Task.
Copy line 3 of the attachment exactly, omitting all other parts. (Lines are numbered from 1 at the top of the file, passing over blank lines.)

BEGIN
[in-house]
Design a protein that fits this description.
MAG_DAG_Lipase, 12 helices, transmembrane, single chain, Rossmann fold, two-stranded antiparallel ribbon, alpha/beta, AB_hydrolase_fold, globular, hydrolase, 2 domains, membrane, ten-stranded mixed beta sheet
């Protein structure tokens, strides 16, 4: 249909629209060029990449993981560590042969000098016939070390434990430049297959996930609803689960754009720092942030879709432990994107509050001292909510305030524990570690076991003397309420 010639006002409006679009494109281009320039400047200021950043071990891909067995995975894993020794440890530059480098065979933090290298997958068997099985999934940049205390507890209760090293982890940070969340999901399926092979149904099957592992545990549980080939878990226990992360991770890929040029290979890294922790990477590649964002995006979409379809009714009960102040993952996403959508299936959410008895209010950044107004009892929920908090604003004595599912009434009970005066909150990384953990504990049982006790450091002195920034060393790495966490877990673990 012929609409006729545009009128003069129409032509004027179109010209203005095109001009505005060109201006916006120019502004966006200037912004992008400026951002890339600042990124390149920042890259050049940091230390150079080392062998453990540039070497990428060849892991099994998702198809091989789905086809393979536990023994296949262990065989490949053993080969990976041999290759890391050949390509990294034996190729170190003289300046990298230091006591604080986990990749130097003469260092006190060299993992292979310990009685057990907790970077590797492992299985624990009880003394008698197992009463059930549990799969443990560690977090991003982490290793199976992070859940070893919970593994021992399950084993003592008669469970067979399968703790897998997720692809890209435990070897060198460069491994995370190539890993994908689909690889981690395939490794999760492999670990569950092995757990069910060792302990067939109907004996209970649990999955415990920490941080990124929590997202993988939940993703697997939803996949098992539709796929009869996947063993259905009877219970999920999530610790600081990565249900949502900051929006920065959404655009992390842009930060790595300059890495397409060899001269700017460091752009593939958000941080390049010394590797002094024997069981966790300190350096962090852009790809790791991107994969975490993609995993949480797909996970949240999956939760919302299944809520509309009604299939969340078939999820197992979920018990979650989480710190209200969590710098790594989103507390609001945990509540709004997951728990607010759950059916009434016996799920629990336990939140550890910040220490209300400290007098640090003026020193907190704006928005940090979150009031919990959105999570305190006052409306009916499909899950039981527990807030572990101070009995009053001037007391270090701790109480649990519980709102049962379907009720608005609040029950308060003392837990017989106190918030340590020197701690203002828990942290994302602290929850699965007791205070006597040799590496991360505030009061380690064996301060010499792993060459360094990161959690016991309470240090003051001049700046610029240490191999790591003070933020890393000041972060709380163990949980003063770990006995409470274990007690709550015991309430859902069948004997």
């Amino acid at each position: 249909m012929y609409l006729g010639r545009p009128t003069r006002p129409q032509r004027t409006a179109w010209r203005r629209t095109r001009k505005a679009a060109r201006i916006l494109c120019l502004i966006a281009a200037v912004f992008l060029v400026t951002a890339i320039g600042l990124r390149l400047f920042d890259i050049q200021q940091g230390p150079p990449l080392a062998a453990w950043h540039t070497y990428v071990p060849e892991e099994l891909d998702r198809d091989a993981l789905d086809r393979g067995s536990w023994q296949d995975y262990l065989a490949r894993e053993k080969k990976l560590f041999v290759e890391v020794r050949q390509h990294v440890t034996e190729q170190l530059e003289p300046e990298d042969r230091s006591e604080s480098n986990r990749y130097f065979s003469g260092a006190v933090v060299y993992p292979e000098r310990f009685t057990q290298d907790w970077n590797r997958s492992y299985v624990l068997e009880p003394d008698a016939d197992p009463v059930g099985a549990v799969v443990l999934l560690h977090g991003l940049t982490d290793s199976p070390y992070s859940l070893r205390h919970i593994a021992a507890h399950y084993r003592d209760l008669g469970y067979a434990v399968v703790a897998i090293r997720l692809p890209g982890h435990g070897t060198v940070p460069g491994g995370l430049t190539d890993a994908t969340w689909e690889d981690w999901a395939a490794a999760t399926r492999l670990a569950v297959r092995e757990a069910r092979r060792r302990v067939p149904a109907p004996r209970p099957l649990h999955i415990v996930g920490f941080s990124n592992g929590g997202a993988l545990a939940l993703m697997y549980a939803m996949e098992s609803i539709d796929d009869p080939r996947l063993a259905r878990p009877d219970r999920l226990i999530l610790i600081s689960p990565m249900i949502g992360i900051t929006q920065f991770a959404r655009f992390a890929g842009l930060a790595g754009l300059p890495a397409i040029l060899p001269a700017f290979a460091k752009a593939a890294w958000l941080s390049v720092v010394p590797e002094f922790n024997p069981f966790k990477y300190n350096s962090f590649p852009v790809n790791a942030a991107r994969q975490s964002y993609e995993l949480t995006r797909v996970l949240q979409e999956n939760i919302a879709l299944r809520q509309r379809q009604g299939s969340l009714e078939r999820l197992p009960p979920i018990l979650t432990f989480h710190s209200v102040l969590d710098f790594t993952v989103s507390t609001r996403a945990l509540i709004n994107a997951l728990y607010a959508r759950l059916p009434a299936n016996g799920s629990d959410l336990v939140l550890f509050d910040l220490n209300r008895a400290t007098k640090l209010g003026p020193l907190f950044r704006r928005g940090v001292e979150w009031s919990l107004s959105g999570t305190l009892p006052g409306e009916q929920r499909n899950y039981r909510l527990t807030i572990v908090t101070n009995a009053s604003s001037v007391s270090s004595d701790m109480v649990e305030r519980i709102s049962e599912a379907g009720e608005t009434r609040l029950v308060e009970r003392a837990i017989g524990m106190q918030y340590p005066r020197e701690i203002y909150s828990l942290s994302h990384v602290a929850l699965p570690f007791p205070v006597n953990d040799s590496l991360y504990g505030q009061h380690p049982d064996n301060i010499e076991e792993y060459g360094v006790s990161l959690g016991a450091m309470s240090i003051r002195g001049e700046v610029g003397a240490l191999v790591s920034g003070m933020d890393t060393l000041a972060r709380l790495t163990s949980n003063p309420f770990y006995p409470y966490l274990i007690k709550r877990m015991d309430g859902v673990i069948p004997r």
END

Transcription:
MAG_DAG_Lipase, 12 helices, transmembrane, single chain, Rossmann fold, two-stranded antiparallel ribbon, alpha/beta, AB_hydrolase_fold, globular, hydrolase, 2 domains, membrane, ten-stranded mixed beta sheet